Referring to the drawings, embodiments of the laser device according to the present invention will be described hereinafter. In the embodiments, the laser device is assumed to be a narrow band oscillation excimer laser. The excimer laser of the embodiments to be described below is basically the same structure as the conventional example of FIG. 23(a). Reference numerals 1, 2, 4, 8 and 11 denote similar elements of the embodiments of the present invention and the example of the conventional device.

In a first embodiment, as shown in FIG. 1(a), electrodes 12 and 13 are used in place of electrodes 6 and 7 in FIG. 23(b), respectively. Referring to FIG. 23(a), a laser chamber 1 is filled with a laser gas, for example, of KrF, which is discharged and pumped for laser oscillation through the electrode 12 (cathode electrode) and the electrode 13 (anode electrode) disposed above and below the laser chamber 1 along the longitudinal axis of the laser chamber. The laser beam is resonated by a light resonator (cavity) composed of the laser chamber 1, a front mirror 2 and a grating 5 which is a wavelength selective element, and output as an effective laser beam 4 from the front mirror 2. The grating 5 reduces the bandwidth of the oscillating beam and also functions as a rear mirror, which is disposed in so-called Littrow arrangement.

In FIGS. 23(a)-(c), an area 11 enclosed by the broken line is a discharge pumped region; reference numeral 8 denotes an aperture; and WA denotes a discharge width. In FIG. 1(a), reference numeral 9 denotes an insulating member; 10 denotes an anode current return lead.

In the second and third embodiments to be described later, the reference numerals 9 and 10 denote members same as those in the first embodiment. The sections of the electrodes 12, 13 perpendicular to the longitudinal axis of the laser chamber 1 are each in lateral symmetrical. Therefore, the potential distribution during the operation of the laser device is also in lateral symmetry around the central axis of the section. Thus, only the potential distribution on the right-half portion of the electrodes 12, 13 is shown in FIG. 1(a).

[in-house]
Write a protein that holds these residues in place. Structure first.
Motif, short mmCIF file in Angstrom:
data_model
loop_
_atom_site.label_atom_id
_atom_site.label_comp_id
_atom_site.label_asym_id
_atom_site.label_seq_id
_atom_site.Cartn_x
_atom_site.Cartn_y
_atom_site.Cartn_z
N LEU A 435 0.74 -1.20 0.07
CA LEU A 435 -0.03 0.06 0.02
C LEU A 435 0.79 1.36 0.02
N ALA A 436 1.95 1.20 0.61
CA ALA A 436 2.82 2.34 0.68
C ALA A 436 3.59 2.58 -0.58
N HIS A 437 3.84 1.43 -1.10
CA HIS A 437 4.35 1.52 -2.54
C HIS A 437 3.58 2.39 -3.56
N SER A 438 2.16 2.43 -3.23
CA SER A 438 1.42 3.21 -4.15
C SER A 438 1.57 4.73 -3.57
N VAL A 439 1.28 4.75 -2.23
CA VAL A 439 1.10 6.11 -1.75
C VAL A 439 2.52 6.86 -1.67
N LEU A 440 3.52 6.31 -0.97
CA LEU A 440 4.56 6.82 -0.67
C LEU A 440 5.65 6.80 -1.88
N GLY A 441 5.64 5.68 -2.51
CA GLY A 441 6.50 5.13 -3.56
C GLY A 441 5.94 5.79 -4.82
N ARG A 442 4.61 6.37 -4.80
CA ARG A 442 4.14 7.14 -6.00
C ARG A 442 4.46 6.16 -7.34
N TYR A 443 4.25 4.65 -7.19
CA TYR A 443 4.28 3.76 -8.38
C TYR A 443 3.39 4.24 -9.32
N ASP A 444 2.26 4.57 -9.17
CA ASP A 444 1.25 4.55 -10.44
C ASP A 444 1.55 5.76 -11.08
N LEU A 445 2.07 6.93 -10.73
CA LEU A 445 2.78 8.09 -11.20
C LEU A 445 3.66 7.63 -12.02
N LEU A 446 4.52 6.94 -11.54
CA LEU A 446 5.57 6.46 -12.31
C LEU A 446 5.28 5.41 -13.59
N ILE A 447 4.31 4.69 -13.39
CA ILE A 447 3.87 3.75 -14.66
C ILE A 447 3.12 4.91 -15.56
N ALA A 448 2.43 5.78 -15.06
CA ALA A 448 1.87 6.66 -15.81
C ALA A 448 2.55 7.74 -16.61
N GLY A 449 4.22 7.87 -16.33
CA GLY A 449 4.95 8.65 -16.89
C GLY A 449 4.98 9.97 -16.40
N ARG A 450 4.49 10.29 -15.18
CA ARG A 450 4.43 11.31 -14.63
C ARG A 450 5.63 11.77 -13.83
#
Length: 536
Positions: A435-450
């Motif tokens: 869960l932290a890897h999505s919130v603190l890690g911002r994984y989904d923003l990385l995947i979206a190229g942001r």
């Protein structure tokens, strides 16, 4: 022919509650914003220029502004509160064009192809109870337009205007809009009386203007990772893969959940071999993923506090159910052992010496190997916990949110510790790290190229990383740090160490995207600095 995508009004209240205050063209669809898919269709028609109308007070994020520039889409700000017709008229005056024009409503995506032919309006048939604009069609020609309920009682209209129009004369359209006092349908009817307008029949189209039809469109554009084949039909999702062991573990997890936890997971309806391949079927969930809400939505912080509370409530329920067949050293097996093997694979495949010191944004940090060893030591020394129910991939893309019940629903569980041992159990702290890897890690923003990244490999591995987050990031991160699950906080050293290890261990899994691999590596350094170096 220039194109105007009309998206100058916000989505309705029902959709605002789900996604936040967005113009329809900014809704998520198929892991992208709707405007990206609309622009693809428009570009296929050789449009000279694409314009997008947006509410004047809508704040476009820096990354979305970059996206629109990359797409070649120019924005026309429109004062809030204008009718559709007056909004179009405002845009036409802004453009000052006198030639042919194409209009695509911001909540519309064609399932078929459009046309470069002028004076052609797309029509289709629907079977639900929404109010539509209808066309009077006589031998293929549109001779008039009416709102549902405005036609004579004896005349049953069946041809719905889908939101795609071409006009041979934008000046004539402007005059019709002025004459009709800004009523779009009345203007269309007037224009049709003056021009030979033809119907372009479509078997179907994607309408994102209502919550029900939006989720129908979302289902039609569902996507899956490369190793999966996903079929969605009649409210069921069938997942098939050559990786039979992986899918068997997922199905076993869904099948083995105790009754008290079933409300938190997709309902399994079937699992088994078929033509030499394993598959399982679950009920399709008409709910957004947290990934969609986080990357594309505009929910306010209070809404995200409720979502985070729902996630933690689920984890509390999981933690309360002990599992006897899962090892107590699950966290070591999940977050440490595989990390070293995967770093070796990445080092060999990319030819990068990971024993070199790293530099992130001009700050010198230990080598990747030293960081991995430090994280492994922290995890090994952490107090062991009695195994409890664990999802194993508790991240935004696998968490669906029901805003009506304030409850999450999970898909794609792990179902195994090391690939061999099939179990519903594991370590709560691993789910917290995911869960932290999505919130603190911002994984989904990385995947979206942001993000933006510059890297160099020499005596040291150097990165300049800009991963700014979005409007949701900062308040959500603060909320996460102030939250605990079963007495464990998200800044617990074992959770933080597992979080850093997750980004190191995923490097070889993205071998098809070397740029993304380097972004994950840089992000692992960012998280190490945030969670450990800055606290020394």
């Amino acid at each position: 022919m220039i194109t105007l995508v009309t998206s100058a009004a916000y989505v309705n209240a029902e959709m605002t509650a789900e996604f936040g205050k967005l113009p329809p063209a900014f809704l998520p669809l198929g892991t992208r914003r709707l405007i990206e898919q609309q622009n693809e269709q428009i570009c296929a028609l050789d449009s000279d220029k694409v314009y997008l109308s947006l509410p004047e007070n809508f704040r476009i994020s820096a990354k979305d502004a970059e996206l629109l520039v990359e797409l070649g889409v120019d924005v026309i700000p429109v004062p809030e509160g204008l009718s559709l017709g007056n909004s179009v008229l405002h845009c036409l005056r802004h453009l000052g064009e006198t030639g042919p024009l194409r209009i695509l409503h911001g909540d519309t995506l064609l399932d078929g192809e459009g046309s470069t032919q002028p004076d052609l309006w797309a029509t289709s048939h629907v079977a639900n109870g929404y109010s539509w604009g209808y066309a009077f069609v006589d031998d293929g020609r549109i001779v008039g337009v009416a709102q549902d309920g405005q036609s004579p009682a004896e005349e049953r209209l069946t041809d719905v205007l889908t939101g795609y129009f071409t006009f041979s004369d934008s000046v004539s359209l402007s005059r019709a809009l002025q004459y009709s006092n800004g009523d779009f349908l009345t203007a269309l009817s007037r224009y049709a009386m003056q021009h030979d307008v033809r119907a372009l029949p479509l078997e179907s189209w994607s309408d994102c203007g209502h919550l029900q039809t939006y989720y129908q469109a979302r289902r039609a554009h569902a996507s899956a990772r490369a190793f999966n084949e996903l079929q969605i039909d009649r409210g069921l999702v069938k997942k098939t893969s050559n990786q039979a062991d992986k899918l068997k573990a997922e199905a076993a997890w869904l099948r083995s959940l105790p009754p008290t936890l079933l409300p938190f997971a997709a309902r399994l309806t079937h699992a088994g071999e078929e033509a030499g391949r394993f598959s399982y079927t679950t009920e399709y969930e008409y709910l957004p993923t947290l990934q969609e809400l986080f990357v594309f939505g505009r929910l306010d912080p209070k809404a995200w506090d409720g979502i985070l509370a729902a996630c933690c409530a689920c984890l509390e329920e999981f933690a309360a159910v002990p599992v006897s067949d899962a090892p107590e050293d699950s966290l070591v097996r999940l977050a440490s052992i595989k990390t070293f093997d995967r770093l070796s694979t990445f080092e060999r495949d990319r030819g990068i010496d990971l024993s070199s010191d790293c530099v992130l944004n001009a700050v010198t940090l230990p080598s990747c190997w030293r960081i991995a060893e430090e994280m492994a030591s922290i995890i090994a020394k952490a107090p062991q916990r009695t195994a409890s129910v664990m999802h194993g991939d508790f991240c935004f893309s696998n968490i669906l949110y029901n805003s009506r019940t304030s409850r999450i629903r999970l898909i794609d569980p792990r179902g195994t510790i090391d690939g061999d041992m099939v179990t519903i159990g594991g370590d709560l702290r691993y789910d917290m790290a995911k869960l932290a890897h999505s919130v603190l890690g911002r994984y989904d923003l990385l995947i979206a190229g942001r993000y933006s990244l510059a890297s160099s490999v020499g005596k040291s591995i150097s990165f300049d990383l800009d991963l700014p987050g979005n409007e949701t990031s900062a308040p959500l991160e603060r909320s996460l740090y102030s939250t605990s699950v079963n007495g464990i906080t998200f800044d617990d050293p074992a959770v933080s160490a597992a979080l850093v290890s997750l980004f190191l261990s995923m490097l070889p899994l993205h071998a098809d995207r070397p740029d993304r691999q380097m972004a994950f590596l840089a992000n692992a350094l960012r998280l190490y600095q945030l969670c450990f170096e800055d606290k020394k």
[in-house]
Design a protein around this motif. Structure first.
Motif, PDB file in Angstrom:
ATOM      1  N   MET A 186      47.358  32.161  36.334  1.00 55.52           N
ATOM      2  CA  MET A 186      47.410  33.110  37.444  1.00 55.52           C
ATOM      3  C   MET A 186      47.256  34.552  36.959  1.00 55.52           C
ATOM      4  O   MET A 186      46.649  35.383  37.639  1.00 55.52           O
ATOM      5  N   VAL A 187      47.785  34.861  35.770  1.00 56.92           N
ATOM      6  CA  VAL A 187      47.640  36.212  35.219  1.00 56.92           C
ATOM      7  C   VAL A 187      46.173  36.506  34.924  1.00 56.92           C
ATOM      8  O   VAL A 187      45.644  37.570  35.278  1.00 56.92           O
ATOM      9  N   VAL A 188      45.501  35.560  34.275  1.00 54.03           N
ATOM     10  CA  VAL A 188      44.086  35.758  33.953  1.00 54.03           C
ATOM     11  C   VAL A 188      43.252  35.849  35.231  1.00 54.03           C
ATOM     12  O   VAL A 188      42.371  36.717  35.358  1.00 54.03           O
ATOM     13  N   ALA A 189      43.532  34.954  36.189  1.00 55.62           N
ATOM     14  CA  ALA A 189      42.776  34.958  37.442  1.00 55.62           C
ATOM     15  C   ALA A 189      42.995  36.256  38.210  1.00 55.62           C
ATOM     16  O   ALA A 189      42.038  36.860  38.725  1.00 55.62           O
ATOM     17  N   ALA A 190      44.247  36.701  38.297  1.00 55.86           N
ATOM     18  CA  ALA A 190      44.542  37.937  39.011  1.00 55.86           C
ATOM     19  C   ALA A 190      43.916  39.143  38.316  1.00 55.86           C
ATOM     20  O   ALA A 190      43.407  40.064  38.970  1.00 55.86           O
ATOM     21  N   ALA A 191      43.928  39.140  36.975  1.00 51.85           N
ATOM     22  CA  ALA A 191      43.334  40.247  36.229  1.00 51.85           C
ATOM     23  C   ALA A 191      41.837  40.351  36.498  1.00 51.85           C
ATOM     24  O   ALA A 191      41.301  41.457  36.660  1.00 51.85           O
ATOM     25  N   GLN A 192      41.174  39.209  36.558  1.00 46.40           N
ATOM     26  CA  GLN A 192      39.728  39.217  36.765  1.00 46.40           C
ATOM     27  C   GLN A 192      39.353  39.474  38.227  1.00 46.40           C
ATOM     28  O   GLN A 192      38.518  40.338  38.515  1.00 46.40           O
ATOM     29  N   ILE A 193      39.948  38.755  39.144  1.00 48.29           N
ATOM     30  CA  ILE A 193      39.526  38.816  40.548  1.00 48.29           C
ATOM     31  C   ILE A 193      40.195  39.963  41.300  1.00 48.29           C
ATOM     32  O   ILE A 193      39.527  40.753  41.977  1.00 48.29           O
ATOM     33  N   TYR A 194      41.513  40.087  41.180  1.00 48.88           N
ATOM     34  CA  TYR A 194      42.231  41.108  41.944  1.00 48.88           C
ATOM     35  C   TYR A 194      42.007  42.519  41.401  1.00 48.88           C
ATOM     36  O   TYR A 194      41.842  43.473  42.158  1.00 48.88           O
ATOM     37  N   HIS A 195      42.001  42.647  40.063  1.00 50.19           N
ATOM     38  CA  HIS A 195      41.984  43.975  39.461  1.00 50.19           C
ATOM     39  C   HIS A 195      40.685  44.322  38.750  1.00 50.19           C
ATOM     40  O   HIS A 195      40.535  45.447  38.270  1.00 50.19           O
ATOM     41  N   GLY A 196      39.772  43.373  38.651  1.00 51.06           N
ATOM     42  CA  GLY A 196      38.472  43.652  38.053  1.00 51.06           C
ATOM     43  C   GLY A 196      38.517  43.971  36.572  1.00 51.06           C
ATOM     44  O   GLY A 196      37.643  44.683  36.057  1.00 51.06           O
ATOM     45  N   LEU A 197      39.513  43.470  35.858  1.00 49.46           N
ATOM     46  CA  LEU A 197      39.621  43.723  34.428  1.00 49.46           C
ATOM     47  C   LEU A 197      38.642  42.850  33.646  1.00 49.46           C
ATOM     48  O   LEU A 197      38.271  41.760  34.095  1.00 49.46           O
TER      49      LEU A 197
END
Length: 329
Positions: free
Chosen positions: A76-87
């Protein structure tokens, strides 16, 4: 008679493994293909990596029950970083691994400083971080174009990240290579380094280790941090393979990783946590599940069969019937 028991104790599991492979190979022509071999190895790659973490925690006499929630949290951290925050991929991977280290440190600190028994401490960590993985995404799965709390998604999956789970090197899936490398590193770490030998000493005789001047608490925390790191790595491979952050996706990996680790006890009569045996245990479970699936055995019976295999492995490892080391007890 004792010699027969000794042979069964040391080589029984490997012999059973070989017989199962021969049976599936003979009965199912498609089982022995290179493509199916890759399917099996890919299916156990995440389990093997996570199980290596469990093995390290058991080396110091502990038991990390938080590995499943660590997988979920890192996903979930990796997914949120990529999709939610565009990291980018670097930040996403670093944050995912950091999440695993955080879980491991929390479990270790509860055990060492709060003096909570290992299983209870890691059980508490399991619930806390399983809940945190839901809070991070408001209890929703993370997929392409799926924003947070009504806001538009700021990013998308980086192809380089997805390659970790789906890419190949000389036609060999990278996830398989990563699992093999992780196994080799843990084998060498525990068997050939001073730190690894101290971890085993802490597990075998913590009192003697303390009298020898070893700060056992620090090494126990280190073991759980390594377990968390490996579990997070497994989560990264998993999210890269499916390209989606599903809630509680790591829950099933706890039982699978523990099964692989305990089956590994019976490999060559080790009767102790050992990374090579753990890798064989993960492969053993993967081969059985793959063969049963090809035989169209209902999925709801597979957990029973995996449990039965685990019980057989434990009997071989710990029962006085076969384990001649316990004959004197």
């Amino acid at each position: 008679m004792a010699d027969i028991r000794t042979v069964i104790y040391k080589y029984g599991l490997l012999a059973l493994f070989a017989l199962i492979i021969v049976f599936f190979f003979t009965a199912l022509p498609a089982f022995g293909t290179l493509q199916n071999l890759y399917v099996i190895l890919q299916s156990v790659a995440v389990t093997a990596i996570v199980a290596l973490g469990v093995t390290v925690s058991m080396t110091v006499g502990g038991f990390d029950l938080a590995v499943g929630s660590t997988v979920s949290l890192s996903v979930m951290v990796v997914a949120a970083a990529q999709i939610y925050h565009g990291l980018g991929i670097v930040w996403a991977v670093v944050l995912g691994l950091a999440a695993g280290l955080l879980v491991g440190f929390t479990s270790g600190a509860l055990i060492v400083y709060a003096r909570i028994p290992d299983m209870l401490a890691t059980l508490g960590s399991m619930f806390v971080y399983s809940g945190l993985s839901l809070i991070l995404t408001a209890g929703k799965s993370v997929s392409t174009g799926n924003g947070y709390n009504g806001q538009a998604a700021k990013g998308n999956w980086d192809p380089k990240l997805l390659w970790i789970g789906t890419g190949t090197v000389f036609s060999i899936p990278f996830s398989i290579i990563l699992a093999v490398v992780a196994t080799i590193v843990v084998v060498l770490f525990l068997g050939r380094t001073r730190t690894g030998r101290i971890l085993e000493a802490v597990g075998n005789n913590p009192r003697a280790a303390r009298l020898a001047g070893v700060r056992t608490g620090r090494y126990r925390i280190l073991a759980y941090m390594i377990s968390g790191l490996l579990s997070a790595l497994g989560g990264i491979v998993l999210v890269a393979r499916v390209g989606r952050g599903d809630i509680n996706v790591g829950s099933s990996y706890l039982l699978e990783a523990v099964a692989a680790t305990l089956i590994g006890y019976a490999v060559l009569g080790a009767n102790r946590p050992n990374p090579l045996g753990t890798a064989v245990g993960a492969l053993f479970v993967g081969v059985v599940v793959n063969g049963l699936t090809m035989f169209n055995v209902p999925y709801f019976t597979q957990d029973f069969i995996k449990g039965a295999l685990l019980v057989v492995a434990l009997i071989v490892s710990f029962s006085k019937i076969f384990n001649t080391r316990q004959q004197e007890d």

The upper portion of FIG. 1(a) shows the cathode electrode 12 having a confronting surface 12a in the shape of circular arc with a radius R1 (of 13 mm). The cathode electrode side 12b and bottom 12c are each composed of a straight line while the confronting surface 12a and the side surface 12b are connected by an arc with a radius of r1 while the side 12b and the bottom surface 12c are connected with an arc of a radius r2. These radii r1, r2 are set to predetermined values which are smaller than the radius R1 of the surface 12a. The lower portion of FIG. 1(a) shows an anode electrode 13 which has a width of 8 mm, and a confronting surface 13a in the shade circular arc with a radius R2 (of 9 mm). The anode electrode 13 has a side surface 13b and a bottom surface 13c, each of which is composed of a straight line. The confronting surface 13a and side surface 13b are connected by an arc of a radius r3 while the side surface 13b and bottom surface 13c are connected by an arc of a radius r4. The radii r3, r4 are set to predetermined values which are smaller than the radii R2 of the confronting surface 13a. The inter-electrode distance d between the cathode and anode electrodes 12 and 13 is 20 mm. All radii R1, R2, r1, r2, r3 and r4 of the arcs are smaller than the inter-electrode distance d.

As shown in FIG. 1(a), the tendency of the equipotential lines is similar to that of the conventional one shown in FIG. 25(a). Because the distance between the cathode 12 and the insulating member 9 is larger than that in FIG. 25(a), the potential gradient at the electrode 12 side is lower than that in FIG. 25(a). For the anode 13, the potential gradient decreases from its central portion toward the right end.